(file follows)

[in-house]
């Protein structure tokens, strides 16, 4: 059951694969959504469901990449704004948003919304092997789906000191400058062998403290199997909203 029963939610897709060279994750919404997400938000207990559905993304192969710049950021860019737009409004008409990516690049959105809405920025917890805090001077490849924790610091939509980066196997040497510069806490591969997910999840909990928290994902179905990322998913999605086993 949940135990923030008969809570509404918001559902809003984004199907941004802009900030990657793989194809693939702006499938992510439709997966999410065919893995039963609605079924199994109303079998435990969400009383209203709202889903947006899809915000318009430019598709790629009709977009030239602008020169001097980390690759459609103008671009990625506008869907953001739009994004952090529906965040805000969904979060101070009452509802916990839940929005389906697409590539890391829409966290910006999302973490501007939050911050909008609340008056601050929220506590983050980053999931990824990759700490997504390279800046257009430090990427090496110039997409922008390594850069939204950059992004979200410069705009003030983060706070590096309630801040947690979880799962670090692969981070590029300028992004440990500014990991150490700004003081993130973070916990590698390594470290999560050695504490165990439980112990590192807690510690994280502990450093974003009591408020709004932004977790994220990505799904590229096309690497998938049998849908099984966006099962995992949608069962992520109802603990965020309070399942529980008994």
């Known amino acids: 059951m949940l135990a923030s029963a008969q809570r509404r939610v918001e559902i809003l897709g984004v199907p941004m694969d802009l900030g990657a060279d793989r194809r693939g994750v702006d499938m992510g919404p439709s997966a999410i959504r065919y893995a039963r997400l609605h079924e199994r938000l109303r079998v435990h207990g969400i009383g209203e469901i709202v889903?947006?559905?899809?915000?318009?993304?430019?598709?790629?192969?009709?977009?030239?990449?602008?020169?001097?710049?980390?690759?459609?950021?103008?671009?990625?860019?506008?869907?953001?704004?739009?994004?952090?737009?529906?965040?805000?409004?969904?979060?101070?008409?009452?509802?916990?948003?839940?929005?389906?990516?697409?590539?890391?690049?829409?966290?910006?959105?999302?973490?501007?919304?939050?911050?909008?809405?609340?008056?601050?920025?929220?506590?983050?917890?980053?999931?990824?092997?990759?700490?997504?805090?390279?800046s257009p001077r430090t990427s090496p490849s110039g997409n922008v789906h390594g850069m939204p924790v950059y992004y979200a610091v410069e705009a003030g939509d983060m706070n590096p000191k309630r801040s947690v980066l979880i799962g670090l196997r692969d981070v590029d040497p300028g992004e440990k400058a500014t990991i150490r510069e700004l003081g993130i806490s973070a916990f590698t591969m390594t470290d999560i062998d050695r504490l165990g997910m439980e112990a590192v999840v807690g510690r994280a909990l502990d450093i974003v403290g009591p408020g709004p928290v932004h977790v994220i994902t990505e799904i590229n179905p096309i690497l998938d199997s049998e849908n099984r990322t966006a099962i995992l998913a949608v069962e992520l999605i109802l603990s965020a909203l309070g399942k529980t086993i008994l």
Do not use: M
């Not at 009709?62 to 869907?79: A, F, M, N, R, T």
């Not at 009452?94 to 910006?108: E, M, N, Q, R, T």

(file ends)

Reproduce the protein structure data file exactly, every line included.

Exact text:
[in-house]
């Protein structure tokens, strides 16, 4: 059951694969959504469901990449704004948003919304092997789906000191400058062998403290199997909203 029963939610897709060279994750919404997400938000207990559905993304192969710049950021860019737009409004008409990516690049959105809405920025917890805090001077490849924790610091939509980066196997040497510069806490591969997910999840909990928290994902179905990322998913999605086993 949940135990923030008969809570509404918001559902809003984004199907941004802009900030990657793989194809693939702006499938992510439709997966999410065919893995039963609605079924199994109303079998435990969400009383209203709202889903947006899809915000318009430019598709790629009709977009030239602008020169001097980390690759459609103008671009990625506008869907953001739009994004952090529906965040805000969904979060101070009452509802916990839940929005389906697409590539890391829409966290910006999302973490501007939050911050909008609340008056601050929220506590983050980053999931990824990759700490997504390279800046257009430090990427090496110039997409922008390594850069939204950059992004979200410069705009003030983060706070590096309630801040947690979880799962670090692969981070590029300028992004440990500014990991150490700004003081993130973070916990590698390594470290999560050695504490165990439980112990590192807690510690994280502990450093974003009591408020709004932004977790994220990505799904590229096309690497998938049998849908099984966006099962995992949608069962992520109802603990965020309070399942529980008994």
């Known amino acids: 059951m949940l135990a923030s029963a008969q809570r509404r939610v918001e559902i809003l897709g984004v199907p941004m694969d802009l900030g990657a060279d793989r194809r693939g994750v702006d499938m992510g919404p439709s997966a999410i959504r065919y893995a039963r997400l609605h079924e199994r938000l109303r079998v435990h207990g969400i009383g209203e469901i709202v889903?947006?559905?899809?915000?318009?993304?430019?598709?790629?192969?009709?977009?030239?990449?602008?020169?001097?710049?980390?690759?459609?950021?103008?671009?990625?860019?506008?869907?953001?704004?739009?994004?952090?737009?529906?965040?805000?409004?969904?979060?101070?008409?009452?509802?916990?948003?839940?929005?389906?990516?697409?590539?890391?690049?829409?966290?910006?959105?999302?973490?501007?919304?939050?911050?909008?809405?609340?008056?601050?920025?929220?506590?983050?917890?980053?999931?990824?092997?990759?700490?997504?805090?390279?800046s257009p001077r430090t990427s090496p490849s110039g997409n922008v789906h390594g850069m939204p924790v950059y992004y979200a610091v410069e705009a003030g939509d983060m706070n590096p000191k309630r801040s947690v980066l979880i799962g670090l196997r692969d981070v590029d040497p300028g992004e440990k400058a500014t990991i150490r510069e700004l003081g993130i806490s973070a916990f590698t591969m390594t470290d999560i062998d050695r504490l165990g997910m439980e112990a590192v999840v807690g510690r994280a909990l502990d450093i974003v403290g009591p408020g709004p928290v932004h977790v994220i994902t990505e799904i590229n179905p096309i690497l998938d199997s049998e849908n099984r990322t966006a099962i995992l998913a949608v069962e992520l999605i109802l603990s965020a909203l309070g399942k529980t086993i008994l």
Do not use: M
């Not at 009709?62 to 869907?79: A, F, M, N, R, T």
């Not at 009452?94 to 910006?108: E, M, N, Q, R, T």